European Union and Italian authorities are investigating suspected wide-scale tax fraud by Chinese criminal gangs importing goods via Greece’s largest port of Piraeus, a trade gateway between China and Europe, officials said.
“The [value-added tax] is completely evaded, with enormous damage to the national tax authorities and to the community,” Fabio Botto, of the Italian Central Anti-fraud Office’s special investigative unit, said in an interview.
He said the suspected scam at Piraeus, part of China’s vast Belt and Road infrastructure project, had cost Italy tens of millions of euros in unpaid VAT, adding that the total could be much higher as the investigation is not over.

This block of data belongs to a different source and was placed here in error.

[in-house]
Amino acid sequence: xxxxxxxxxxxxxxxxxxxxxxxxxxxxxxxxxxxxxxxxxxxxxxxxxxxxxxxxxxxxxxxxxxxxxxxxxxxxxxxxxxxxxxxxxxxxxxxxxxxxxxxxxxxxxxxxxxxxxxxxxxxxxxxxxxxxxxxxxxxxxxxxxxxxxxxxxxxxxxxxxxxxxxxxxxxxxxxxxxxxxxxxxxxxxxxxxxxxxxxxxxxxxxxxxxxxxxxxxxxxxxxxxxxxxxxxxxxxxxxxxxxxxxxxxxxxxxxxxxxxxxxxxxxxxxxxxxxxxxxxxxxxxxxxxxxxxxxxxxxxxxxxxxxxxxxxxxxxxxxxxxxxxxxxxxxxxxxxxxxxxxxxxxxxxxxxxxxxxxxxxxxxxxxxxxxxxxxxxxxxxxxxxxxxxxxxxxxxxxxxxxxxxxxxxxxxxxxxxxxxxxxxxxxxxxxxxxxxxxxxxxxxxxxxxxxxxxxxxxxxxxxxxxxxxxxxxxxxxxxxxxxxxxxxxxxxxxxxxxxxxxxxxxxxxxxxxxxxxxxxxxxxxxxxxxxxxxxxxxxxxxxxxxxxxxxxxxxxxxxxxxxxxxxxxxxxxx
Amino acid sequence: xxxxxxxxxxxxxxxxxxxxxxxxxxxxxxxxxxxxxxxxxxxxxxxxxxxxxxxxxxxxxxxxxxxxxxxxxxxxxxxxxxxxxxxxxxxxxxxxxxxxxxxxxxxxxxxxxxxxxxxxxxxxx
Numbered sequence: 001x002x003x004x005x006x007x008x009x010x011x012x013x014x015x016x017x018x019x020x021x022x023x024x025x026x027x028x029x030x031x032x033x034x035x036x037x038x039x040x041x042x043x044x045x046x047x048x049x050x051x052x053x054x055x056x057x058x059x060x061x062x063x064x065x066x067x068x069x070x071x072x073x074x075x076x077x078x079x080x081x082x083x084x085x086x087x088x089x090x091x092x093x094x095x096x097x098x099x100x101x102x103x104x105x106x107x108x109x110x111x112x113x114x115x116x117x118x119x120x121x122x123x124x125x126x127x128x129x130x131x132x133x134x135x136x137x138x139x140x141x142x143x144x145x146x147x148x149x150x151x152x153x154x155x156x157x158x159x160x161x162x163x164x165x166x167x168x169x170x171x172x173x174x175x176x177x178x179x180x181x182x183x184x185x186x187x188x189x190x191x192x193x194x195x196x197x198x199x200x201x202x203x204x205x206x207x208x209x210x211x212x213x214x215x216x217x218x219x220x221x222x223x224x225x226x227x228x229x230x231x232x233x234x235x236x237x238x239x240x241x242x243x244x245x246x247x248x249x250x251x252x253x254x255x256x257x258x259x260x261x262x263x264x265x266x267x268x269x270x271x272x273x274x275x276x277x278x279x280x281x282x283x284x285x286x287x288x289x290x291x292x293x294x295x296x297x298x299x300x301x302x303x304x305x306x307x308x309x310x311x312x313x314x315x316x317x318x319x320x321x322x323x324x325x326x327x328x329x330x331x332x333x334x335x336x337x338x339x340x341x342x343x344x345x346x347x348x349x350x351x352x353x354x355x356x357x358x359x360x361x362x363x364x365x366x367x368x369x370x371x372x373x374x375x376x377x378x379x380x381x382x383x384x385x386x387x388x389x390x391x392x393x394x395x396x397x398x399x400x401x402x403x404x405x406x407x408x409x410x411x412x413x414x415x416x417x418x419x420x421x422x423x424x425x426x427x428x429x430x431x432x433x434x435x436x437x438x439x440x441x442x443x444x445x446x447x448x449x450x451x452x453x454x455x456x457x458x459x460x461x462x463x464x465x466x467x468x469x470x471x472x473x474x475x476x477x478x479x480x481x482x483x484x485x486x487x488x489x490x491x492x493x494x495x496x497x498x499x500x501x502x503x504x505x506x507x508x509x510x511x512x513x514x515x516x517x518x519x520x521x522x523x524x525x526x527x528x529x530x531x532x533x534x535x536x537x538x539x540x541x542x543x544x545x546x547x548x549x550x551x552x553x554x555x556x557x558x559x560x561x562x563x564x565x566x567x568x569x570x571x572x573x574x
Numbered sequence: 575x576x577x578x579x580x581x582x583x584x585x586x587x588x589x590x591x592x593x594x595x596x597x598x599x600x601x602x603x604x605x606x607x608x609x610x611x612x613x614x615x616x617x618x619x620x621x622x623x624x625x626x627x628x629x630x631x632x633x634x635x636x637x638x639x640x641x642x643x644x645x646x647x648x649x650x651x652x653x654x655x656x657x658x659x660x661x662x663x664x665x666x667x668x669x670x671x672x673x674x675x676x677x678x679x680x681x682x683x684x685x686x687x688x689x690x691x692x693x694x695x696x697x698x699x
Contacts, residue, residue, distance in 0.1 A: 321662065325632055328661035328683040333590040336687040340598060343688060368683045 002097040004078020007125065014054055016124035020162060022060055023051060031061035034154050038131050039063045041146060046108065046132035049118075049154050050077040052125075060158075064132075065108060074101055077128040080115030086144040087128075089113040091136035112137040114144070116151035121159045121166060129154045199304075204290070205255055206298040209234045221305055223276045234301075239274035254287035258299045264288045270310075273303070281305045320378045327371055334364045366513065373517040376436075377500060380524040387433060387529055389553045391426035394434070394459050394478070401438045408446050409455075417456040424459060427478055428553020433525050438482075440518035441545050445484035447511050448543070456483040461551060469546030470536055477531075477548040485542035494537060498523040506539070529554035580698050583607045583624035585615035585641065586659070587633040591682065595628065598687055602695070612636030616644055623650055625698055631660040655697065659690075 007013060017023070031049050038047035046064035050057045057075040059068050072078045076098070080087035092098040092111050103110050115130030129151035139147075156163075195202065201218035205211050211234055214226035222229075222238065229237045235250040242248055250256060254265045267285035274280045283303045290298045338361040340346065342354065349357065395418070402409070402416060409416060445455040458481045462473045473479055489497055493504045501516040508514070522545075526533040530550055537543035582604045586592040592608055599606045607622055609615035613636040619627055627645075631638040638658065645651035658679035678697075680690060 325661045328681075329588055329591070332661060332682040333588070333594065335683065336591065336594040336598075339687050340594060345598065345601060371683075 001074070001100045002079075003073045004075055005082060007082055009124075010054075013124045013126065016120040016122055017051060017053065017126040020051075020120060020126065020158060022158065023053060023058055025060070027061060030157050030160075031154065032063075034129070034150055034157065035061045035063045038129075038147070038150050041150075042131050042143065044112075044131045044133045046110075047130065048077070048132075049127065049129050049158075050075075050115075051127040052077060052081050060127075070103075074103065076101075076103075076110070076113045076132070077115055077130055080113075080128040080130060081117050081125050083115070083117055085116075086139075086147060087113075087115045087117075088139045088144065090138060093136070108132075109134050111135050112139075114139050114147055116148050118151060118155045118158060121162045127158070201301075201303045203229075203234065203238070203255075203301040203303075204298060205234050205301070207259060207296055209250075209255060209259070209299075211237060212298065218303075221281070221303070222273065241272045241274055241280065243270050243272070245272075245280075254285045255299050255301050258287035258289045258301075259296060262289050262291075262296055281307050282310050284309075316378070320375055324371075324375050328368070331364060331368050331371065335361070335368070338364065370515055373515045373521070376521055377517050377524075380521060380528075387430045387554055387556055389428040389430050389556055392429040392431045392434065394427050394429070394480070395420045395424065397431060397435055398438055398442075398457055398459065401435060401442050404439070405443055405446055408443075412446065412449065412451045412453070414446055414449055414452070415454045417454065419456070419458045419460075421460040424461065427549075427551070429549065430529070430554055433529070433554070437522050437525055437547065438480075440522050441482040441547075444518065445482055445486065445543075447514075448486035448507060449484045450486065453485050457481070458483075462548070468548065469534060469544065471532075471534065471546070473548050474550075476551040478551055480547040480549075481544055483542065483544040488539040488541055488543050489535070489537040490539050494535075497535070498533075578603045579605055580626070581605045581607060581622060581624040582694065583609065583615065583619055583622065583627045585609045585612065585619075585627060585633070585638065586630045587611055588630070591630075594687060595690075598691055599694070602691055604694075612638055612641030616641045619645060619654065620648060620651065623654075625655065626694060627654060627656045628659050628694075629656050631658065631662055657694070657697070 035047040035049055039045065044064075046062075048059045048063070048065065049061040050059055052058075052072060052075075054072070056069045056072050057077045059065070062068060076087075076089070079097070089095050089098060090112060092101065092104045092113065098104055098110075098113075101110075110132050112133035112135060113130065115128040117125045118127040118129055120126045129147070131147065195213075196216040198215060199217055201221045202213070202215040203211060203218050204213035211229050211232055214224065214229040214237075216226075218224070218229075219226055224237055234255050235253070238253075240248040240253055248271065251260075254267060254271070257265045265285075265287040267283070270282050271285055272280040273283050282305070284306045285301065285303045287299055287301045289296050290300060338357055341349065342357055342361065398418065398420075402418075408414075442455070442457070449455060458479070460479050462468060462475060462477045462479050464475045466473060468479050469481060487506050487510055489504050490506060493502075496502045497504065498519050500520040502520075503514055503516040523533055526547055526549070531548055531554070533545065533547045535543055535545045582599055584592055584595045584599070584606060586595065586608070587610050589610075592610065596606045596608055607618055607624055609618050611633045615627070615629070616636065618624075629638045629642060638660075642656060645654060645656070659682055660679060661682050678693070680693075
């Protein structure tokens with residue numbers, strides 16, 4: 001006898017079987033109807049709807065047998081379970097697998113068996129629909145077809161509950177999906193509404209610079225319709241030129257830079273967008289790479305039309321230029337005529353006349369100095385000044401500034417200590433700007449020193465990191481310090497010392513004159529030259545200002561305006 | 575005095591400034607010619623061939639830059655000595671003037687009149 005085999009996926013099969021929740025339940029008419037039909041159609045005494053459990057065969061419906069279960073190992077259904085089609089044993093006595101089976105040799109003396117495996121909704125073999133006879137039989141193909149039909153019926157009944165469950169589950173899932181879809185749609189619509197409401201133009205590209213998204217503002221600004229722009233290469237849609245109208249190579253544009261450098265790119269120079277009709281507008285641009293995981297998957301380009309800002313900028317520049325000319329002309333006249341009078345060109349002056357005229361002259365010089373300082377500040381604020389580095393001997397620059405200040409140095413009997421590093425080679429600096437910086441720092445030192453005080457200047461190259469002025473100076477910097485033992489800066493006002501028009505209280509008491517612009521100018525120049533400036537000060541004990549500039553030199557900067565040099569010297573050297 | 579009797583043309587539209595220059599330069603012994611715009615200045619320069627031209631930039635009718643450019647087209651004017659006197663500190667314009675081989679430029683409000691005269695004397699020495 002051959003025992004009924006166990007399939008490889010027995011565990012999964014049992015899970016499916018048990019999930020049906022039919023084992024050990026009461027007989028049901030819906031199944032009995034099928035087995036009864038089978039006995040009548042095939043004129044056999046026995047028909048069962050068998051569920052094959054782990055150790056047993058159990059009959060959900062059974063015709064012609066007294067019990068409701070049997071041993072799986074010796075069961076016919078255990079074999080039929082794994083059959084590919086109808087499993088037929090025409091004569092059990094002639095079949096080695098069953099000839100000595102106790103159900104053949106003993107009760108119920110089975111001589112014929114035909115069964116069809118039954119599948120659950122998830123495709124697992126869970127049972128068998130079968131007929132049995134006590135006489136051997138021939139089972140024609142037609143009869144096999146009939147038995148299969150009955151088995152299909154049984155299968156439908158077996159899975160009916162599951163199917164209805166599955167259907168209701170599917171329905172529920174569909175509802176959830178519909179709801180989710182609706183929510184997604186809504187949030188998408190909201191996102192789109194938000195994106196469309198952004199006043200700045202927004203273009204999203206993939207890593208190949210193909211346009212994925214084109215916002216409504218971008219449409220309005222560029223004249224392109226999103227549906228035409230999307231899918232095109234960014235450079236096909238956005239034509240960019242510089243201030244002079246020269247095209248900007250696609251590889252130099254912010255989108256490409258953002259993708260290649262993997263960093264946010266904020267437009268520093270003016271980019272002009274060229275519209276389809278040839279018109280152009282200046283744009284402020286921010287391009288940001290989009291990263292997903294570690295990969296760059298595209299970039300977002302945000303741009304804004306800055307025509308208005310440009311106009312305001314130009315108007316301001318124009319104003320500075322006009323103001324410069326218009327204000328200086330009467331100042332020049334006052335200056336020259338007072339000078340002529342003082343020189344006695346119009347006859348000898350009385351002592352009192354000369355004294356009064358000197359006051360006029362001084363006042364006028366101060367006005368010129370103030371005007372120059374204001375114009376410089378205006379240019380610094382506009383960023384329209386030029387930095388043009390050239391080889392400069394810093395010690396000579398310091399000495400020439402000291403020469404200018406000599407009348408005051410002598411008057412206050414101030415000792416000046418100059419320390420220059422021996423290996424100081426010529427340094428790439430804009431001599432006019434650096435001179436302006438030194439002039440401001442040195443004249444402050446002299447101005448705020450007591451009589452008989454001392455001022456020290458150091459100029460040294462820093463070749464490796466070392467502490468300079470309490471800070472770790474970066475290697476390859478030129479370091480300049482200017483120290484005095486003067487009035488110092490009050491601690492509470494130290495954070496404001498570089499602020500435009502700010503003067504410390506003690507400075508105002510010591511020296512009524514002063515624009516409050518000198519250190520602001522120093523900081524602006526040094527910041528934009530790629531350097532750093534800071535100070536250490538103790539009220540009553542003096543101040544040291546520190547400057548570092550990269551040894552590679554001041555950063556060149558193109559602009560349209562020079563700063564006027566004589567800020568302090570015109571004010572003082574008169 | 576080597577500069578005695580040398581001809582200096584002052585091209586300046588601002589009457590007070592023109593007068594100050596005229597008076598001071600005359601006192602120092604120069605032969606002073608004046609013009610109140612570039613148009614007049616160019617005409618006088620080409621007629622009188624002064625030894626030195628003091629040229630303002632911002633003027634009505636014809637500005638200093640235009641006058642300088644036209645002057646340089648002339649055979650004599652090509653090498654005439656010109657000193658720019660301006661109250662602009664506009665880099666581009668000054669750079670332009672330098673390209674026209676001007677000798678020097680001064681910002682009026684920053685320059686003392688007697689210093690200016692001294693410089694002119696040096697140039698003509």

The European Anti-Fraud Office (OLAF) confirmed it was working with Italy on the investigation but declined to give details, citing confidentiality. Botto said his agency had evidence that Chinese-owned firms run by the criminal groups were fraudulently avoiding import duties and value-added tax on large shipments of goods through Piraeus.
The groups import goods, often counterfeit clothing and footwear, and massively understate their value to EU customs to avoid import duties, he said. They also lie about the firms that receive the goods, enabling them to avoid VAT.
Greece’s Financial Crime Unit is conducting a separate investigation into a suspected tax fraud case involving Chinese goods imported via Piraeus. The Greek unit has had little contact with Italian and EU authorities and has not been informed about the wider investigation, an official there said.
China’s state-owned Cosco Shipping has majority-owned Piraeus since 2016. [Reuters]